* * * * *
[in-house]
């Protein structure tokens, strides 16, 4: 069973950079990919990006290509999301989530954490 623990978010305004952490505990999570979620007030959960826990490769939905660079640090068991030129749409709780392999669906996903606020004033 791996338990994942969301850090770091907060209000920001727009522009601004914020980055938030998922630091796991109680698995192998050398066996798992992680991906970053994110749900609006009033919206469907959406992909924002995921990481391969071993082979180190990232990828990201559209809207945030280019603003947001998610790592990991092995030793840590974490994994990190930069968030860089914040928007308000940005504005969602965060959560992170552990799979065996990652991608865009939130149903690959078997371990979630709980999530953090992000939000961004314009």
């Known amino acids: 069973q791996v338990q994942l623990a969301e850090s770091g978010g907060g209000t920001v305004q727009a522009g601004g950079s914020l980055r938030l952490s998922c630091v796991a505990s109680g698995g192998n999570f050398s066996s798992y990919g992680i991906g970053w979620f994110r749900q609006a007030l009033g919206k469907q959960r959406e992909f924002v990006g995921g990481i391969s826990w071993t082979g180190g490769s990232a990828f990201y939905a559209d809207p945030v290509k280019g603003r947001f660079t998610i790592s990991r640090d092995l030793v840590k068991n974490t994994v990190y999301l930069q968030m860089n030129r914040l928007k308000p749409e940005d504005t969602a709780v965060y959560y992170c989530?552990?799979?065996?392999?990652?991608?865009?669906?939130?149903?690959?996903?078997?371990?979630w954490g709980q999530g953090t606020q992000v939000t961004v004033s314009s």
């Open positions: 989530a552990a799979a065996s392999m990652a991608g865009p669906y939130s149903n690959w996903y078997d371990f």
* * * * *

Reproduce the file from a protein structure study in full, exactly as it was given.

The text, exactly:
[in-house]
């Protein structure tokens, strides 16, 4: 069973950079990919990006290509999301989530954490 623990978010305004952490505990999570979620007030959960826990490769939905660079640090068991030129749409709780392999669906996903606020004033 791996338990994942969301850090770091907060209000920001727009522009601004914020980055938030998922630091796991109680698995192998050398066996798992992680991906970053994110749900609006009033919206469907959406992909924002995921990481391969071993082979180190990232990828990201559209809207945030280019603003947001998610790592990991092995030793840590974490994994990190930069968030860089914040928007308000940005504005969602965060959560992170552990799979065996990652991608865009939130149903690959078997371990979630709980999530953090992000939000961004314009």
């Known amino acids: 069973q791996v338990q994942l623990a969301e850090s770091g978010g907060g209000t920001v305004q727009a522009g601004g950079s914020l980055r938030l952490s998922c630091v796991a505990s109680g698995g192998n999570f050398s066996s798992y990919g992680i991906g970053w979620f994110r749900q609006a007030l009033g919206k469907q959960r959406e992909f924002v990006g995921g990481i391969s826990w071993t082979g180190g490769s990232a990828f990201y939905a559209d809207p945030v290509k280019g603003r947001f660079t998610i790592s990991r640090d092995l030793v840590k068991n974490t994994v990190y999301l930069q968030m860089n030129r914040l928007k308000p749409e940005d504005t969602a709780v965060y959560y992170c989530?552990?799979?065996?392999?990652?991608?865009?669906?939130?149903?690959?996903?078997?371990?979630w954490g709980q999530g953090t606020q992000v939000t961004v004033s314009s």
């Open positions: 989530a552990a799979a065996s392999m990652a991608g865009p669906y939130s149903n690959w996903y078997d371990f």